This property of a fluid indicates its resistance to flow. It is a dynamic property, in that it can be measured only when the fluid is in motion. Viscosity, therefore, is simply the ratio at any shear rate of the shear stress to the shear rate. There are two expressions of viscosity, absolute (or dynamic) viscosity, u, and kinematic viscosity, y. These expressions are related by the following equation:
Fluid viscosity changes with temperature. Liquid viscosity decreases with increasing temperature, whereas gas viscosity decreases initially with increasing temperature and then increases with further increasing temperature.
The best way to determine the viscosity of a crude oil at any temperature is by measurement. If the viscosity is known at only one temperature, Figure 3-9 can be used to determine the viscosity at another temperature by striking a line parallel to that for crudes “A,” “C,” and “D.” Care must be taken to assure that the crude does not have its pour point within the temperature range of interest. If it does, its temperature-viscosity relationship may be as shown for Crude “B.”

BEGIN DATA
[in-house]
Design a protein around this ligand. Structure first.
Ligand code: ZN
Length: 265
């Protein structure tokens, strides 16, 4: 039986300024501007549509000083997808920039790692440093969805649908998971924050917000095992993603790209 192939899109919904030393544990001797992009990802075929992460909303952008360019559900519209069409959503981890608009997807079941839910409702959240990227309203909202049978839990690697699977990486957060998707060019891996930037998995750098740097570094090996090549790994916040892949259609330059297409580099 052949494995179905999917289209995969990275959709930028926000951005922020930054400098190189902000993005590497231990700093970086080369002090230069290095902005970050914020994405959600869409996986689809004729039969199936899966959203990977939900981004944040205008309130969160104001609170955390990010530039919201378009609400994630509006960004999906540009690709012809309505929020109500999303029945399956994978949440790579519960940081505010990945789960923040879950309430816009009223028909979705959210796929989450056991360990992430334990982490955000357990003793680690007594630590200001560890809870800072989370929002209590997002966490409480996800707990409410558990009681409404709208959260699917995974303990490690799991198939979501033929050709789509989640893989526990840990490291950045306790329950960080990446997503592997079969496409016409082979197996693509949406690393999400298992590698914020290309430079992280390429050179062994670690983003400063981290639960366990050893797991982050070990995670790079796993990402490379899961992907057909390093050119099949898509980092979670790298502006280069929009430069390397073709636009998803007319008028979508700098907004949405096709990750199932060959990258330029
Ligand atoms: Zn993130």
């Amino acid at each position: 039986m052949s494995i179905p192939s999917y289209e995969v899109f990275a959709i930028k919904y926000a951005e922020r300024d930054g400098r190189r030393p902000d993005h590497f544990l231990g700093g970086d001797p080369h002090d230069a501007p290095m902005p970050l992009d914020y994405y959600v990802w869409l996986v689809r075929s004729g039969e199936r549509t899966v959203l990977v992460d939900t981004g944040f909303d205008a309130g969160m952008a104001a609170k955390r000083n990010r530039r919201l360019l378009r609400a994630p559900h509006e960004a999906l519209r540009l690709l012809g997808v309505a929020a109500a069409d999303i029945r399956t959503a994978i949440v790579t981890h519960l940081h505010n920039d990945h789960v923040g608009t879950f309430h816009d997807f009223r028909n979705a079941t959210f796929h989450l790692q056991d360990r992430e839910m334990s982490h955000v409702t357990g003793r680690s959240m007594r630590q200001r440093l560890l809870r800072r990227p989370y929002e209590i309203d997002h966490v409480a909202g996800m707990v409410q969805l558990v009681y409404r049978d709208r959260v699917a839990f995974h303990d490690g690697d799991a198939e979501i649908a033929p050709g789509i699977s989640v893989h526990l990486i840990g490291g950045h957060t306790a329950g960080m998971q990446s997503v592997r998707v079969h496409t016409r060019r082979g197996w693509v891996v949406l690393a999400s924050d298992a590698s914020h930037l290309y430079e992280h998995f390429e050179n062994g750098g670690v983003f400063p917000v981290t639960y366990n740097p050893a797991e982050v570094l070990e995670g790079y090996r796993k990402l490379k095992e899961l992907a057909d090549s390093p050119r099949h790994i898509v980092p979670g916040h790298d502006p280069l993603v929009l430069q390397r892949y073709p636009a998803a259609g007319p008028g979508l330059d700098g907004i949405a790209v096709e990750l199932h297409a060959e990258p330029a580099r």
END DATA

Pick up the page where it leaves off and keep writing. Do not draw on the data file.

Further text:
Solid-phase high-molecular-weight hydrocarbons, otherwise known as paraffins, can dramatically affect the viscosity of the crude sample. The cloud point is the temperature at which paraffins first become visible in a crude sample. The effect of the cloud point on the temperature-viscosity curve is shown for Crude “B” in Figure 3-9. This change in the temperature viscosity relationship can lead to significant errors in estimation. Therefore, care should be taken when one estimates viscosities near the cloud point.
The pour point is the temperature at which the crude oil becomes a solid and ceases to flow, as measured by a specific ASTM procedure (D97). Estimations of viscosity near the pour point are highly unreliable and should be considered accordingly.